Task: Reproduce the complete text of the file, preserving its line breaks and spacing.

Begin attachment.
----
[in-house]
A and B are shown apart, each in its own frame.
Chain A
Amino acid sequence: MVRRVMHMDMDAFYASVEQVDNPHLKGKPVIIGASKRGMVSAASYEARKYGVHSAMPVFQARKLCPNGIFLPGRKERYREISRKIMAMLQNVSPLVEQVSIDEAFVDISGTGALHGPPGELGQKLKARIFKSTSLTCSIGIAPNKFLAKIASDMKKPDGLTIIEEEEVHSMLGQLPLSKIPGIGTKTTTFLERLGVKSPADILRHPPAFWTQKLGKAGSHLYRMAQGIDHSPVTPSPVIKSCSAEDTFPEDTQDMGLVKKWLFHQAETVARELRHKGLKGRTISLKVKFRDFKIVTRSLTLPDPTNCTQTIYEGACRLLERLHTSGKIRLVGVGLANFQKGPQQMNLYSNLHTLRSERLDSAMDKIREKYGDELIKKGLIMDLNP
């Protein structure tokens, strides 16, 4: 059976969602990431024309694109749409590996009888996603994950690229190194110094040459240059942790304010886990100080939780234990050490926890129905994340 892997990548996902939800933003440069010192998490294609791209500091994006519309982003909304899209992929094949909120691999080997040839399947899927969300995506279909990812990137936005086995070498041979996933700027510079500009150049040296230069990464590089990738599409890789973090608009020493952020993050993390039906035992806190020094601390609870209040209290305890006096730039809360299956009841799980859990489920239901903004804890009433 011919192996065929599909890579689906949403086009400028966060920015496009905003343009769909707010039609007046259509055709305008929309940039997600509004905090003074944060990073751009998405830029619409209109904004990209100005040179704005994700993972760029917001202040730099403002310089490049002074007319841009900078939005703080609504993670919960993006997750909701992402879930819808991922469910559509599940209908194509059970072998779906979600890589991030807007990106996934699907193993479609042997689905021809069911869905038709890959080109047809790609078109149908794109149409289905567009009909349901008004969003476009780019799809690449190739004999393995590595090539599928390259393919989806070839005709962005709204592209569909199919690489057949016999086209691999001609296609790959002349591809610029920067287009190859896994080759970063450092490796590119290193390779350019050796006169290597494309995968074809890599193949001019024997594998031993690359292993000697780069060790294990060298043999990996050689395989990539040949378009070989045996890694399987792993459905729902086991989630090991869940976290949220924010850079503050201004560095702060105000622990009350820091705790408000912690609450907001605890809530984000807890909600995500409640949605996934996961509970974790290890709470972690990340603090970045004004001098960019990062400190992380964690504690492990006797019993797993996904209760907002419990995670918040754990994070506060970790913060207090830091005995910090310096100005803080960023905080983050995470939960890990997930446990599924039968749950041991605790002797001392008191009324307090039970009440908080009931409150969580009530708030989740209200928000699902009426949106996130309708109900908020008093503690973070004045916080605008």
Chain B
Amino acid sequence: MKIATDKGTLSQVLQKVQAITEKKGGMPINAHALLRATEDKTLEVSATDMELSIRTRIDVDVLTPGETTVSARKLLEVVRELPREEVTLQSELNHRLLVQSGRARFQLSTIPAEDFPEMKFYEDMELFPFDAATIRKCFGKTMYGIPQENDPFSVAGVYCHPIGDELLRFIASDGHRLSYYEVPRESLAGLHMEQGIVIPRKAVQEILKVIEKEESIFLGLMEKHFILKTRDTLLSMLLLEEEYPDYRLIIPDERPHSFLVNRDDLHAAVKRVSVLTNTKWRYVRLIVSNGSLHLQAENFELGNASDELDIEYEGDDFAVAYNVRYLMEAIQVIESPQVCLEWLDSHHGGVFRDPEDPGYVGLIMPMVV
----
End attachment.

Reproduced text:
[in-house]
A and B are shown apart, each in its own frame.
Chain A
Amino acid sequence: MVRRVMHMDMDAFYASVEQVDNPHLKGKPVIIGASKRGMVSAASYEARKYGVHSAMPVFQARKLCPNGIFLPGRKERYREISRKIMAMLQNVSPLVEQVSIDEAFVDISGTGALHGPPGELGQKLKARIFKSTSLTCSIGIAPNKFLAKIASDMKKPDGLTIIEEEEVHSMLGQLPLSKIPGIGTKTTTFLERLGVKSPADILRHPPAFWTQKLGKAGSHLYRMAQGIDHSPVTPSPVIKSCSAEDTFPEDTQDMGLVKKWLFHQAETVARELRHKGLKGRTISLKVKFRDFKIVTRSLTLPDPTNCTQTIYEGACRLLERLHTSGKIRLVGVGLANFQKGPQQMNLYSNLHTLRSERLDSAMDKIREKYGDELIKKGLIMDLNP
């Protein structure tokens, strides 16, 4: 059976969602990431024309694109749409590996009888996603994950690229190194110094040459240059942790304010886990100080939780234990050490926890129905994340 892997990548996902939800933003440069010192998490294609791209500091994006519309982003909304899209992929094949909120691999080997040839399947899927969300995506279909990812990137936005086995070498041979996933700027510079500009150049040296230069990464590089990738599409890789973090608009020493952020993050993390039906035992806190020094601390609870209040209290305890006096730039809360299956009841799980859990489920239901903004804890009433 011919192996065929599909890579689906949403086009400028966060920015496009905003343009769909707010039609007046259509055709305008929309940039997600509004905090003074944060990073751009998405830029619409209109904004990209100005040179704005994700993972760029917001202040730099403002310089490049002074007319841009900078939005703080609504993670919960993006997750909701992402879930819808991922469910559509599940209908194509059970072998779906979600890589991030807007990106996934699907193993479609042997689905021809069911869905038709890959080109047809790609078109149908794109149409289905567009009909349901008004969003476009780019799809690449190739004999393995590595090539599928390259393919989806070839005709962005709204592209569909199919690489057949016999086209691999001609296609790959002349591809610029920067287009190859896994080759970063450092490796590119290193390779350019050796006169290597494309995968074809890599193949001019024997594998031993690359292993000697780069060790294990060298043999990996050689395989990539040949378009070989045996890694399987792993459905729902086991989630090991869940976290949220924010850079503050201004560095702060105000622990009350820091705790408000912690609450907001605890809530984000807890909600995500409640949605996934996961509970974790290890709470972690990340603090970045004004001098960019990062400190992380964690504690492990006797019993797993996904209760907002419990995670918040754990994070506060970790913060207090830091005995910090310096100005803080960023905080983050995470939960890990997930446990599924039968749950041991605790002797001392008191009324307090039970009440908080009931409150969580009530708030989740209200928000699902009426949106996130309708109900908020008093503690973070004045916080605008």
Chain B
Amino acid sequence: MKIATDKGTLSQVLQKVQAITEKKGGMPINAHALLRATEDKTLEVSATDMELSIRTRIDVDVLTPGETTVSARKLLEVVRELPREEVTLQSELNHRLLVQSGRARFQLSTIPAEDFPEMKFYEDMELFPFDAATIRKCFGKTMYGIPQENDPFSVAGVYCHPIGDELLRFIASDGHRLSYYEVPRESLAGLHMEQGIVIPRKAVQEILKVIEKEESIFLGLMEKHFILKTRDTLLSMLLLEEEYPDYRLIIPDERPHSFLVNRDDLHAAVKRVSVLTNTKWRYVRLIVSNGSLHLQAENFELGNASDELDIEYEGDDFAVAYNVRYLMEAIQVIESPQVCLEWLDSHHGGVFRDPEDPGYVGLIMPMVV